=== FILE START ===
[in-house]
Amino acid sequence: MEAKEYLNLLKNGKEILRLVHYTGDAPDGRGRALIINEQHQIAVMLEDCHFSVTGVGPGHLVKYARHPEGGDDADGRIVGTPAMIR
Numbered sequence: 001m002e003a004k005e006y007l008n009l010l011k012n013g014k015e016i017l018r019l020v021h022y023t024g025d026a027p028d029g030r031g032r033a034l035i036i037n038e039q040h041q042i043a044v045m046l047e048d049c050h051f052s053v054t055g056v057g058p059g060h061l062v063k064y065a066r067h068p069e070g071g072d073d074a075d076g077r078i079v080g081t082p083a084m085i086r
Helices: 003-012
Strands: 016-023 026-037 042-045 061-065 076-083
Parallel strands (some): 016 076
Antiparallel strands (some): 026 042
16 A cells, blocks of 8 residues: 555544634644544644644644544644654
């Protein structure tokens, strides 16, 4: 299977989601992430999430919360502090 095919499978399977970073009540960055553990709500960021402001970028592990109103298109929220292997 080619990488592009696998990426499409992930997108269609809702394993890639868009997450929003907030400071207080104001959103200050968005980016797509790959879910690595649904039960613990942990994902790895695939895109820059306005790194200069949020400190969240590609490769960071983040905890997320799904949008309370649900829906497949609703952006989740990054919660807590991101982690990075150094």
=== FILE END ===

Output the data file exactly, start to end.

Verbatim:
[in-house]
Amino acid sequence: MEAKEYLNLLKNGKEILRLVHYTGDAPDGRGRALIINEQHQIAVMLEDCHFSVTGVGPGHLVKYARHPEGGDDADGRIVGTPAMIR
Numbered sequence: 001m002e003a004k005e006y007l008n009l010l011k012n013g014k015e016i017l018r019l020v021h022y023t024g025d026a027p028d029g030r031g032r033a034l035i036i037n038e039q040h041q042i043a044v045m046l047e048d049c050h051f052s053v054t055g056v057g058p059g060h061l062v063k064y065a066r067h068p069e070g071g072d073d074a075d076g077r078i079v080g081t082p083a084m085i086r
Helices: 003-012
Strands: 016-023 026-037 042-045 061-065 076-083
Parallel strands (some): 016 076
Antiparallel strands (some): 026 042
16 A cells, blocks of 8 residues: 555544634644544644644644544644654
């Protein structure tokens, strides 16, 4: 299977989601992430999430919360502090 095919499978399977970073009540960055553990709500960021402001970028592990109103298109929220292997 080619990488592009696998990426499409992930997108269609809702394993890639868009997450929003907030400071207080104001959103200050968005980016797509790959879910690595649904039960613990942990994902790895695939895109820059306005790194200069949020400190969240590609490769960071983040905890997320799904949008309370649900829906497949609703952006989740990054919660807590991101982690990075150094």